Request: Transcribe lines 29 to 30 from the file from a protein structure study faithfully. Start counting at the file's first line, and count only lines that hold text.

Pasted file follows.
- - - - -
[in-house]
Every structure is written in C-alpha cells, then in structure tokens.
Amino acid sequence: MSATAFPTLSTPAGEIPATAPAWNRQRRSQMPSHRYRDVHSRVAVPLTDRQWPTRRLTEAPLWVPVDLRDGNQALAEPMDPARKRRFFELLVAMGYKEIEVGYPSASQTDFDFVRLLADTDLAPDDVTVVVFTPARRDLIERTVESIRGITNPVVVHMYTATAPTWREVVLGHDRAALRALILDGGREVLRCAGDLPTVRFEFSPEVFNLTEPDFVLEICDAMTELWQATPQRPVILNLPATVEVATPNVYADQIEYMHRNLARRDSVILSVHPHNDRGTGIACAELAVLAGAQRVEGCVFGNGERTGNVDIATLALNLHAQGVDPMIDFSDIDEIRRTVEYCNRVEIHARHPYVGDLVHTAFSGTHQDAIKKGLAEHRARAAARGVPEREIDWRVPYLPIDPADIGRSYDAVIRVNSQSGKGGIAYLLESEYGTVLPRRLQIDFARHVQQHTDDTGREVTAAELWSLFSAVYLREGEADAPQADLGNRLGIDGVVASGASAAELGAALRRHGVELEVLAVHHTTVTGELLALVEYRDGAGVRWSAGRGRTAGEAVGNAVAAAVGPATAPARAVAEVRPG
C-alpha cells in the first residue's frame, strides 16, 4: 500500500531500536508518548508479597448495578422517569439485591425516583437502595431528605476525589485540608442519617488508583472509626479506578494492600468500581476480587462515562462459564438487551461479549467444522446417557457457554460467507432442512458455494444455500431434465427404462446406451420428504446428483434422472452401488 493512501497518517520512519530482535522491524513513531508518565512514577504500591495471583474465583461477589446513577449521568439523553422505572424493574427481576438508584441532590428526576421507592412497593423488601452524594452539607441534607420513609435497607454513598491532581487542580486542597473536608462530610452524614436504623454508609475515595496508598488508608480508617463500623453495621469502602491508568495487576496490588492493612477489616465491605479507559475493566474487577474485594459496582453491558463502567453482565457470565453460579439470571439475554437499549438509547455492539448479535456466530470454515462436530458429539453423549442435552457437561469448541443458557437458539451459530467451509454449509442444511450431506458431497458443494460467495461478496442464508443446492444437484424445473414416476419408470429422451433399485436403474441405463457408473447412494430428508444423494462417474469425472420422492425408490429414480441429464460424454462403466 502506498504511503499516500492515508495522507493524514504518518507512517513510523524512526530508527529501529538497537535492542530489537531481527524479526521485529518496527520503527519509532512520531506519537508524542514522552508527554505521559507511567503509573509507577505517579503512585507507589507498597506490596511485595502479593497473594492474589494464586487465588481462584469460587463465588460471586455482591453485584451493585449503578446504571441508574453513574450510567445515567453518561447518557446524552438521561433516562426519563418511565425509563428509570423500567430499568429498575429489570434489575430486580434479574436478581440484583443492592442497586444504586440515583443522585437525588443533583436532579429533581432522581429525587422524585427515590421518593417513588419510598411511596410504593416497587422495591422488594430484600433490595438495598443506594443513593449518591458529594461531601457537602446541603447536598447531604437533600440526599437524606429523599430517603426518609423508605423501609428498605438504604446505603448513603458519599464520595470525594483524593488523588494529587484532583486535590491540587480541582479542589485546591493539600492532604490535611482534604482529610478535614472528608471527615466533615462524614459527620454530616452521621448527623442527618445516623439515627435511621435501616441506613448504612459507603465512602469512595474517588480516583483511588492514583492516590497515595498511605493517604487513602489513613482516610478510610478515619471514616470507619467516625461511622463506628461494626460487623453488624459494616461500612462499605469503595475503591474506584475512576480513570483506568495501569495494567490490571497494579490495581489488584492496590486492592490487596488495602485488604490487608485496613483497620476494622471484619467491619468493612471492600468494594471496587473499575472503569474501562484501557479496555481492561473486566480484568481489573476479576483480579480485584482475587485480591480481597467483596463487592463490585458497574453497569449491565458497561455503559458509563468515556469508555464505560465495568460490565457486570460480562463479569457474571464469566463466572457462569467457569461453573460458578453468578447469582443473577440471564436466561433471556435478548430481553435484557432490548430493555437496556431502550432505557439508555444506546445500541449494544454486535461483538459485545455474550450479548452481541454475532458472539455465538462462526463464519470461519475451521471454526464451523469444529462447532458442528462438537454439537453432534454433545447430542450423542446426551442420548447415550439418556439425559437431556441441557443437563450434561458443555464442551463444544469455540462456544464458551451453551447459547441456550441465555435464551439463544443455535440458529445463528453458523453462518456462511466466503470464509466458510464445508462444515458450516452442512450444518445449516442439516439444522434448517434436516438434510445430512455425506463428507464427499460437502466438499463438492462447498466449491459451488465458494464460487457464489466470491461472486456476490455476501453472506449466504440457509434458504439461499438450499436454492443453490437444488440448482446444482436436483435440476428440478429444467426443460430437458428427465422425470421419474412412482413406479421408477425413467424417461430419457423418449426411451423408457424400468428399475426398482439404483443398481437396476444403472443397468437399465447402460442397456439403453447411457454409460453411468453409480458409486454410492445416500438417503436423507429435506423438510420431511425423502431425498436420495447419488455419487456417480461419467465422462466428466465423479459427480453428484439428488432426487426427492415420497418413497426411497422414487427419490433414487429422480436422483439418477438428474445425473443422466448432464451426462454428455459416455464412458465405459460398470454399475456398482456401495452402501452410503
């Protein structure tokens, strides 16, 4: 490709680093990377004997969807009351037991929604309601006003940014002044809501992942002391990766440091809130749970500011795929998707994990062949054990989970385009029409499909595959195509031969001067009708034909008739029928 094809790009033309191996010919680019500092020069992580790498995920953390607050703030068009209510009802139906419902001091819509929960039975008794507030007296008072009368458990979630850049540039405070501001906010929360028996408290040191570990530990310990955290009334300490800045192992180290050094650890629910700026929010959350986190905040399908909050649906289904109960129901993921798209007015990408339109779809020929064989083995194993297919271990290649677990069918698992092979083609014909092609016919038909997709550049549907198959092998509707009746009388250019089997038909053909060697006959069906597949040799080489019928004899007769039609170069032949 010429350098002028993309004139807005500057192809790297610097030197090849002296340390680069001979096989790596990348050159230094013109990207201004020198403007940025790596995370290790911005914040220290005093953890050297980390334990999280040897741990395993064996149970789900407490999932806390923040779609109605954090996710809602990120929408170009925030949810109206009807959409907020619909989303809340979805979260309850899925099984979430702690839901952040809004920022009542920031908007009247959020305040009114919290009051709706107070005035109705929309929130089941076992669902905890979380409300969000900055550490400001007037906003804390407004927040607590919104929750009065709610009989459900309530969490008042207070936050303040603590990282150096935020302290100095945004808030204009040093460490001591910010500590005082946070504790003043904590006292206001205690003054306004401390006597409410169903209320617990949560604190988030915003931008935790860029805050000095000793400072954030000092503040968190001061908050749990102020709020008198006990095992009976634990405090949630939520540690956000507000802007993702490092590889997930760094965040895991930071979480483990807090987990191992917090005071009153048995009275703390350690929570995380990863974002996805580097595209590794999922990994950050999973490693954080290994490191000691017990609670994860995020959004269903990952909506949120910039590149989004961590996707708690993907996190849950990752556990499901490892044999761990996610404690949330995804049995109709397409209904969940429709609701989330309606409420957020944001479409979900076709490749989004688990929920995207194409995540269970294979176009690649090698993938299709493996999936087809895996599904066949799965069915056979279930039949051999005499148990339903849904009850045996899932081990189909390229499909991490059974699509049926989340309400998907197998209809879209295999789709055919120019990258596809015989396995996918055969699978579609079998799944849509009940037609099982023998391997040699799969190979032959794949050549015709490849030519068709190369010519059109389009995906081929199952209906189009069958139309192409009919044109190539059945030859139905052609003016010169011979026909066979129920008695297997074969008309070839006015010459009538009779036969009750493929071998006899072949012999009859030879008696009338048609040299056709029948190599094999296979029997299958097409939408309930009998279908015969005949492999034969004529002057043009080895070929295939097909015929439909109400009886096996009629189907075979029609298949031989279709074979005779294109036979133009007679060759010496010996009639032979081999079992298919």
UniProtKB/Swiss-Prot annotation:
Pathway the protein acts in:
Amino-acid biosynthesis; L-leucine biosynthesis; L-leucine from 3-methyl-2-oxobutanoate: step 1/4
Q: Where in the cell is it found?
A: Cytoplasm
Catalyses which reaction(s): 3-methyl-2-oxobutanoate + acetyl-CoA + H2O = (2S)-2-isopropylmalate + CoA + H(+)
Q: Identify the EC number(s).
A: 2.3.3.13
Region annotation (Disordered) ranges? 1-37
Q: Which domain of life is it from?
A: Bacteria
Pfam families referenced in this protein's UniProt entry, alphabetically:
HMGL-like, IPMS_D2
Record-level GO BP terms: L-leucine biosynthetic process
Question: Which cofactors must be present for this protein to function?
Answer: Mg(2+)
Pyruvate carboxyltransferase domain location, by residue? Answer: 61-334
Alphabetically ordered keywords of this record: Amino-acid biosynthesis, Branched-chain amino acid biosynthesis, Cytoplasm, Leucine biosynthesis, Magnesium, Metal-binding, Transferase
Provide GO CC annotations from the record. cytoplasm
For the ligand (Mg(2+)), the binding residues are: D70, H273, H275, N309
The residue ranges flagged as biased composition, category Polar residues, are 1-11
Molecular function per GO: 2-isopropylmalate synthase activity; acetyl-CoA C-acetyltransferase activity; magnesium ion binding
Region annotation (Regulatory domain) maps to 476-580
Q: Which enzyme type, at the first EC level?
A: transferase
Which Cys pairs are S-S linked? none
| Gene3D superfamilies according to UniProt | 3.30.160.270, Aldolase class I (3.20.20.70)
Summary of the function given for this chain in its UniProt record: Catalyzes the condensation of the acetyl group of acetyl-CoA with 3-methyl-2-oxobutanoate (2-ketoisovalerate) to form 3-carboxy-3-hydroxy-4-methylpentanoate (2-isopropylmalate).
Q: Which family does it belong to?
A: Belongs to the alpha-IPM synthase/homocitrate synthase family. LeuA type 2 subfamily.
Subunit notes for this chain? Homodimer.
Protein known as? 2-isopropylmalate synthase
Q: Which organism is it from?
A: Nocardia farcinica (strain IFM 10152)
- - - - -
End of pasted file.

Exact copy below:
Q: Which enzyme type, at the first EC level?
A: transferase